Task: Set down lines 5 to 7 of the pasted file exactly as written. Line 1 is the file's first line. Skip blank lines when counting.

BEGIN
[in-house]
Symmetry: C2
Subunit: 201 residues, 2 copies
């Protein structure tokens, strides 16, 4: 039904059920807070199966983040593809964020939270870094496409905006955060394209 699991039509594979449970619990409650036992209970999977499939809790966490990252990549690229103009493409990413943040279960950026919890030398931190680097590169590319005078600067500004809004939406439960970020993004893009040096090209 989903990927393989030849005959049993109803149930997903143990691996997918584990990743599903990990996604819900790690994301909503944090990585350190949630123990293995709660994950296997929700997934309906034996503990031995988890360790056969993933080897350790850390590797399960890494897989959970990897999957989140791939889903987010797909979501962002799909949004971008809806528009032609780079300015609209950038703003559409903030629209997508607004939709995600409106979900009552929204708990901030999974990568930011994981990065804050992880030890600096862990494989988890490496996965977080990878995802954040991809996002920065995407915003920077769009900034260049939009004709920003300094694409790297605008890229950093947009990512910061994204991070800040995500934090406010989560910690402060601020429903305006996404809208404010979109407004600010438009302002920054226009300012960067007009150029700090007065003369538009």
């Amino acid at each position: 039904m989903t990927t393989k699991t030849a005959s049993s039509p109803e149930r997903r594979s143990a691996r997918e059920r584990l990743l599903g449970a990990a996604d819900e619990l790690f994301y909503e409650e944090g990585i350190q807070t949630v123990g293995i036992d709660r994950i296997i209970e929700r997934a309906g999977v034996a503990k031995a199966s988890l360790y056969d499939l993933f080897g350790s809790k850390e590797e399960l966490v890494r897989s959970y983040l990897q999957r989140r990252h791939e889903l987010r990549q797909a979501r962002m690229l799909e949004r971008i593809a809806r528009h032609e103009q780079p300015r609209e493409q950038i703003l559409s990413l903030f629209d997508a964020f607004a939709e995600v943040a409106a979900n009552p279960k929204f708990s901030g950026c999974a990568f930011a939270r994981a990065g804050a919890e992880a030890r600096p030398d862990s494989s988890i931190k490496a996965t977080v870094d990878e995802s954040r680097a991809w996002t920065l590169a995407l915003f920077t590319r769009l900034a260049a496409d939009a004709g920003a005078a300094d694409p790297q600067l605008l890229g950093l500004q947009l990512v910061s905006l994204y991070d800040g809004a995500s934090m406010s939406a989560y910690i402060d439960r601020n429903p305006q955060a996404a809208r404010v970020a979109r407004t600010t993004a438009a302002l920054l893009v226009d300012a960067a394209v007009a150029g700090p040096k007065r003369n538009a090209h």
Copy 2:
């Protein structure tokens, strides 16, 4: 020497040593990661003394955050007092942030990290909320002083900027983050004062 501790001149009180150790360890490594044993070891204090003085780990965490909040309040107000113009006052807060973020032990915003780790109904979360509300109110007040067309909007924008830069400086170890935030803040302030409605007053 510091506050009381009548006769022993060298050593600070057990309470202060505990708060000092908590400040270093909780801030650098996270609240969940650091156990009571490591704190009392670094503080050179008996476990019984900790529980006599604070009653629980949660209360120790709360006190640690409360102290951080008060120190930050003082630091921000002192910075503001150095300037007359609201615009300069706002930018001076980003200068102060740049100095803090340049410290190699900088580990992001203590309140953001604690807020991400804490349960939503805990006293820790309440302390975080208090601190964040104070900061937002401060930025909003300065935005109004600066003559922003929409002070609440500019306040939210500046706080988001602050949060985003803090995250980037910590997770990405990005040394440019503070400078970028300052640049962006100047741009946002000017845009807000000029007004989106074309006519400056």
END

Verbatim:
């Amino acid at each position: 039904m989903t990927t393989k699991t030849a005959s049993s039509p109803e149930r997903r594979s143990a691996r997918e059920r584990l990743l599903g449970a990990a996604d819900e619990l790690f994301y909503e409650e944090g990585i350190q807070t949630v123990g293995i036992d709660r994950i296997i209970e929700r997934a309906g999977v034996a503990k031995a199966s988890l360790y056969d499939l993933f080897g350790s809790k850390e590797e399960l966490v890494r897989s959970y983040l990897q999957r989140r990252h791939e889903l987010r990549q797909a979501r962002m690229l799909e949004r971008i593809a809806r528009h032609e103009q780079p300015r609209e493409q950038i703003l559409s990413l903030f629209d997508a964020f607004a939709e995600v943040a409106a979900n009552p279960k929204f708990s901030g950026c999974a990568f930011a939270r994981a990065g804050a919890e992880a030890r600096p030398d862990s494989s988890i931190k490496a996965t977080v870094d990878e995802s954040r680097a991809w996002t920065l590169a995407l915003f920077t590319r769009l900034a260049a496409d939009a004709g920003a005078a300094d694409p790297q600067l605008l890229g950093l500004q947009l990512v910061s905006l994204y991070d800040g809004a995500s934090m406010s939406a989560y910690i402060d439960r601020n429903p305006q955060a996404a809208r404010v970020a979109r407004t600010t993004a438009a302002l920054l893009v226009d300012a960067a394209v007009a150029g700090p040096k007065r003369n538009a090209h």
Copy 2:
């Protein structure tokens, strides 16, 4: 020497040593990661003394955050007092942030990290909320002083900027983050004062 501790001149009180150790360890490594044993070891204090003085780990965490909040309040107000113009006052807060973020032990915003780790109904979360509300109110007040067309909007924008830069400086170890935030803040302030409605007053 510091506050009381009548006769022993060298050593600070057990309470202060505990708060000092908590400040270093909780801030650098996270609240969940650091156990009571490591704190009392670094503080050179008996476990019984900790529980006599604070009653629980949660209360120790709360006190640690409360102290951080008060120190930050003082630091921000002192910075503001150095300037007359609201615009300069706002930018001076980003200068102060740049100095803090340049410290190699900088580990992001203590309140953001604690807020991400804490349960939503805990006293820790309440302390975080208090601190964040104070900061937002401060930025909003300065935005109004600066003559922003929409002070609440500019306040939210500046706080988001602050949060985003803090995250980037910590997770990405990005040394440019503070400078970028300052640049962006100047741009946002000017845009807000000029007004989106074309006519400056």